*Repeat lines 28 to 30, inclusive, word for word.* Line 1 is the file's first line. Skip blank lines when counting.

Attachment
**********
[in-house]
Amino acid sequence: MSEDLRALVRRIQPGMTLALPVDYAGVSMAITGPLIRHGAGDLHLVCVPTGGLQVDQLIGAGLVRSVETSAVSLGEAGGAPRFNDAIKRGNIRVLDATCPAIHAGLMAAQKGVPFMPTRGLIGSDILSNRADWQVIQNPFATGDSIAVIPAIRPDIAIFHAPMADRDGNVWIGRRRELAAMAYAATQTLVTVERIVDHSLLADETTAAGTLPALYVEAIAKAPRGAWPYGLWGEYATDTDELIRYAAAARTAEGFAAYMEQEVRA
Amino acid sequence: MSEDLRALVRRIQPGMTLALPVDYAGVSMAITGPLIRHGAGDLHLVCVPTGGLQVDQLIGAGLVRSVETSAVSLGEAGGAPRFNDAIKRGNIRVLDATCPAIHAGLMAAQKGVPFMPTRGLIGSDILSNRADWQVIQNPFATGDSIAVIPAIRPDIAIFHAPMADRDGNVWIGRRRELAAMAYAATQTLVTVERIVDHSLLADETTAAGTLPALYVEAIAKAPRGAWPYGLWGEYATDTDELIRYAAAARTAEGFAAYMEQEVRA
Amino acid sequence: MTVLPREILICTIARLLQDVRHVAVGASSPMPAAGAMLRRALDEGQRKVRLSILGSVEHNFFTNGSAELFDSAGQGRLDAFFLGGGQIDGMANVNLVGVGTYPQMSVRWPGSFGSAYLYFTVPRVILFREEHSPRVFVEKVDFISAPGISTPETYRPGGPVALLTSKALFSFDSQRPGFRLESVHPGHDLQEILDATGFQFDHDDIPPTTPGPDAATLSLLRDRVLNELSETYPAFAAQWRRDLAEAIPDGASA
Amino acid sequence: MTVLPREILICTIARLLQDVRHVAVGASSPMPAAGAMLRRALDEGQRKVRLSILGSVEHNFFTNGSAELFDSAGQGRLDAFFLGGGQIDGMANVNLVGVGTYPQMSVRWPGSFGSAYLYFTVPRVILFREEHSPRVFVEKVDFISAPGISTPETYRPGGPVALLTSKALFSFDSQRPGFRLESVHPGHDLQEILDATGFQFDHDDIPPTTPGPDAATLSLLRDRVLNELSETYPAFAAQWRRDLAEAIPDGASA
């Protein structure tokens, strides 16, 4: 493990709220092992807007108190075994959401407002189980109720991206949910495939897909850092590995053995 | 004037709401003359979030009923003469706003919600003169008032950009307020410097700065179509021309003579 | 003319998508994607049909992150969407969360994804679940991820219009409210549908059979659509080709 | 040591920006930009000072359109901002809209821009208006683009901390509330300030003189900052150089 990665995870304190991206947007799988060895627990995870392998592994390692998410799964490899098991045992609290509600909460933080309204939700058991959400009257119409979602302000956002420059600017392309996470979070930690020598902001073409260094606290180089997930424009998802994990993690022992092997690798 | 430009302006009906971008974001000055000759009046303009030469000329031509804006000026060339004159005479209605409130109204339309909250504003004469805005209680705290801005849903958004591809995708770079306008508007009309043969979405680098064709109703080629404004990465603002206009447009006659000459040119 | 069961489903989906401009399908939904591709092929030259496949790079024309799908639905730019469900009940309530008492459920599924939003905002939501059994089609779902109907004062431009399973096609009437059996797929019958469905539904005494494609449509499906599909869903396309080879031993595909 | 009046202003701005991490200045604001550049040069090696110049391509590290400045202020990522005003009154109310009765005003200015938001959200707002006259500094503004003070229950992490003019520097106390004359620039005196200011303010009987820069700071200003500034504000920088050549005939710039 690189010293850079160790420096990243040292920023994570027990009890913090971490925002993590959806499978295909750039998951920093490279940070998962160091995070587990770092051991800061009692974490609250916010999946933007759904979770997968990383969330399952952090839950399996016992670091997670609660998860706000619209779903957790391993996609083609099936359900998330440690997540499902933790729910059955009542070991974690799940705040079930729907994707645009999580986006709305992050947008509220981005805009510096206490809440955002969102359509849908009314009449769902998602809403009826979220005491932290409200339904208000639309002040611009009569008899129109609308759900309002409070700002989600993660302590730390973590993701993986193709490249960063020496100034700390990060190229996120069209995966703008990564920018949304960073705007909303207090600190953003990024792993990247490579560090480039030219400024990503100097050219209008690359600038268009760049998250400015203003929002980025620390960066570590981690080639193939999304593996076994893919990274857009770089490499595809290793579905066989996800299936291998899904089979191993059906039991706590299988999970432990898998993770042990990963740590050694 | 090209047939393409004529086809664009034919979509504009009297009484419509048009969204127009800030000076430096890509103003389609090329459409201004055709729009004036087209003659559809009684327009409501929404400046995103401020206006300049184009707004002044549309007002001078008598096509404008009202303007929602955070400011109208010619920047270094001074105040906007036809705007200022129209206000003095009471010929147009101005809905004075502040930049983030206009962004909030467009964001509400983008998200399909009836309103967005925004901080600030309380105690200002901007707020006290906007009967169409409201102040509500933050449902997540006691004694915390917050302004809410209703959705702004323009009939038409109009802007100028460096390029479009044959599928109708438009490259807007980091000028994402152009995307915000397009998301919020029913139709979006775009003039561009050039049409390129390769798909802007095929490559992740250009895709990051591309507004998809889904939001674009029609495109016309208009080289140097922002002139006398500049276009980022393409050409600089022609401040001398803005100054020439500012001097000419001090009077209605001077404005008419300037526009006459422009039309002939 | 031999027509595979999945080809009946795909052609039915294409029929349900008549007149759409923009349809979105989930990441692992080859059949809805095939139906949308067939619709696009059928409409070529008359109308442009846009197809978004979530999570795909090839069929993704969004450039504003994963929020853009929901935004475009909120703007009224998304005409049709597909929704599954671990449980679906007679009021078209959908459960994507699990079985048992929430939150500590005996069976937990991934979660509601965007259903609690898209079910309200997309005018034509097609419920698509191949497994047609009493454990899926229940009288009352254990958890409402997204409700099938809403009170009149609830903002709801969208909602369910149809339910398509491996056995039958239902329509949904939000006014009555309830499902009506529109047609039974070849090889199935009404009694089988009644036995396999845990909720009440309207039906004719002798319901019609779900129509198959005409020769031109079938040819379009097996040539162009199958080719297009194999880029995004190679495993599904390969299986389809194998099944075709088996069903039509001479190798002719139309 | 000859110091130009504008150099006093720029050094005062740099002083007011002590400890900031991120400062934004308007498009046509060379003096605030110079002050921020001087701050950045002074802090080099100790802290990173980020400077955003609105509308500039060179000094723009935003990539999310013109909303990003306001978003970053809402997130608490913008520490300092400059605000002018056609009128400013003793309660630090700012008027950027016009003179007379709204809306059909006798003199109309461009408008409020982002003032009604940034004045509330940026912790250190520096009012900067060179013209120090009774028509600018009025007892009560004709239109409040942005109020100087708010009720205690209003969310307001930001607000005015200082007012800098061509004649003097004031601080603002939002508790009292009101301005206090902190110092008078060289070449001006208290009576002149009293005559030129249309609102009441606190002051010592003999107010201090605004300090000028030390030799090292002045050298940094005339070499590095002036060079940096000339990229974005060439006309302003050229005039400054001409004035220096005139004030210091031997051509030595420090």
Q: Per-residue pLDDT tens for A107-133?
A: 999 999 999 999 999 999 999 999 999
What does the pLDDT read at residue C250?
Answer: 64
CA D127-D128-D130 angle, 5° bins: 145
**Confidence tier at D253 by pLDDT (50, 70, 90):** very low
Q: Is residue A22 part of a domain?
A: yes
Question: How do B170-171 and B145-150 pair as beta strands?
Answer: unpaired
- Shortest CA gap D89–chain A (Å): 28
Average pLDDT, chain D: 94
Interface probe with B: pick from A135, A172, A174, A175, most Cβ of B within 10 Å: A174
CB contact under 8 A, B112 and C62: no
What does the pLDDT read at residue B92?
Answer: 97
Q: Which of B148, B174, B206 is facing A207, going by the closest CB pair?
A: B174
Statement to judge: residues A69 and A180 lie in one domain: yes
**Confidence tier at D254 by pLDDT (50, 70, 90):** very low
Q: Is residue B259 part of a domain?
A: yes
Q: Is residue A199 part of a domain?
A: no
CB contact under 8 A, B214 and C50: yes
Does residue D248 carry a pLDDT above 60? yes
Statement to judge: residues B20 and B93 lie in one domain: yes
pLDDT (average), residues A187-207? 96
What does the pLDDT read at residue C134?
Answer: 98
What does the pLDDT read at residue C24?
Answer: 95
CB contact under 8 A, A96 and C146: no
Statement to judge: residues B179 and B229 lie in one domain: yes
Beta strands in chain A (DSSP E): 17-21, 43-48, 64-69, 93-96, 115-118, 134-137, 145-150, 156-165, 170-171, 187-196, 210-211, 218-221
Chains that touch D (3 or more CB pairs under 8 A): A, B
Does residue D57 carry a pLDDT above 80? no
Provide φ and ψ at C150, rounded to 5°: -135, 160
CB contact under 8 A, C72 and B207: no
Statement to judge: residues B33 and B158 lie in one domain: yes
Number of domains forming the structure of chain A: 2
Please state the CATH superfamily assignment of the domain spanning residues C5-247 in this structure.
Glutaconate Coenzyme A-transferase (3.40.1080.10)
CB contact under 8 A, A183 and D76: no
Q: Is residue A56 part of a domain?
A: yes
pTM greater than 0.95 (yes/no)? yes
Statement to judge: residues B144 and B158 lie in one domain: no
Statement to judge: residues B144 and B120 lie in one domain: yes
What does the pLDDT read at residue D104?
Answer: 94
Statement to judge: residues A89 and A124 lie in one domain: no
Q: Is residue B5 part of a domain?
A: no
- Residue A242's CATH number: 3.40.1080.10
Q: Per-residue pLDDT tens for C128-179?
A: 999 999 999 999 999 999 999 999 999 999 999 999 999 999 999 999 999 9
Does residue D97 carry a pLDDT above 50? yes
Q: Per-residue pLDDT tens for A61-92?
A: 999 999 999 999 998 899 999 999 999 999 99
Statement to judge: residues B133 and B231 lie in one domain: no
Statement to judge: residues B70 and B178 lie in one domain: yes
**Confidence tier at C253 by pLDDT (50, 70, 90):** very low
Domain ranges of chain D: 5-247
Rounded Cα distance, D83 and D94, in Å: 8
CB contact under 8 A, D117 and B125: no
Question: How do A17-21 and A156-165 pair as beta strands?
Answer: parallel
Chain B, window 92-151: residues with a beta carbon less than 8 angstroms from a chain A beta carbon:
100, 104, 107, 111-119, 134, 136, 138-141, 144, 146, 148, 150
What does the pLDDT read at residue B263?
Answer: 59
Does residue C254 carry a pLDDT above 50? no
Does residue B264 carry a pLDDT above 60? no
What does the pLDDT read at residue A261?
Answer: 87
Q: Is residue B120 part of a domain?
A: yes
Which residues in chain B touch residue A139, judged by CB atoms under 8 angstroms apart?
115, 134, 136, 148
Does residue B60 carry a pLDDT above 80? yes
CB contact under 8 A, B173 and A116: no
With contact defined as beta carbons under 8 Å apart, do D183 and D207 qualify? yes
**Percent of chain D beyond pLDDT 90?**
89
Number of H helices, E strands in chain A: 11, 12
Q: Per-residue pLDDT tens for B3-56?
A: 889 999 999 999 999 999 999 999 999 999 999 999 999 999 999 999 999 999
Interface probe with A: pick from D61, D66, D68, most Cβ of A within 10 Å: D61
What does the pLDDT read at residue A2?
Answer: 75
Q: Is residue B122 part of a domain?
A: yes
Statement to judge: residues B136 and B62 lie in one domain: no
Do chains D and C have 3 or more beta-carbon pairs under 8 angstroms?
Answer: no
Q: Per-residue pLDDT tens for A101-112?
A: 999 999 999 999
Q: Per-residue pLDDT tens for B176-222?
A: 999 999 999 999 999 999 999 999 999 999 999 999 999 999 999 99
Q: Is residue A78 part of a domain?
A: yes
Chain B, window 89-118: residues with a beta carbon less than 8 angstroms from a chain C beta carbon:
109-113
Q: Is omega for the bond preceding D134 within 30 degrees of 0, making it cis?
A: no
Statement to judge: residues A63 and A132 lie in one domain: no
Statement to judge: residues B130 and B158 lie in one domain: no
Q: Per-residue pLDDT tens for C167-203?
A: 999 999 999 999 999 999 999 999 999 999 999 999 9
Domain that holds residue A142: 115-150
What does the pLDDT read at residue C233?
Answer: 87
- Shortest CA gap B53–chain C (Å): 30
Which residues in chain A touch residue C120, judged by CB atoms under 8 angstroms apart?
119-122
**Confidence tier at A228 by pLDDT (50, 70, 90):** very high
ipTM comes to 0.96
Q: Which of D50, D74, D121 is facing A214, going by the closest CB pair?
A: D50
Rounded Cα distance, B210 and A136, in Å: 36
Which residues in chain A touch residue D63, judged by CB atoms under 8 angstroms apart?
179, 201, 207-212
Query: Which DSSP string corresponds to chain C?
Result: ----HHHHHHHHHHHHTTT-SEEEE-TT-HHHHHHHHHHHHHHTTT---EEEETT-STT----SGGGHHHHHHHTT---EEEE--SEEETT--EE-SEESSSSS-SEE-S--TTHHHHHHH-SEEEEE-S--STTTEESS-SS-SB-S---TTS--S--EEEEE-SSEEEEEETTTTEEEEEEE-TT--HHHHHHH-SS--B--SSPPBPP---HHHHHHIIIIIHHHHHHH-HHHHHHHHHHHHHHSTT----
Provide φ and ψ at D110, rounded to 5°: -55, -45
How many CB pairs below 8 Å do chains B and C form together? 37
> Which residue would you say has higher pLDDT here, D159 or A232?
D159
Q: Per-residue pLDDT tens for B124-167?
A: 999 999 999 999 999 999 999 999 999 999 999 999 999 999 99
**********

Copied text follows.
A: yes
Q: Is residue A199 part of a domain?
A: no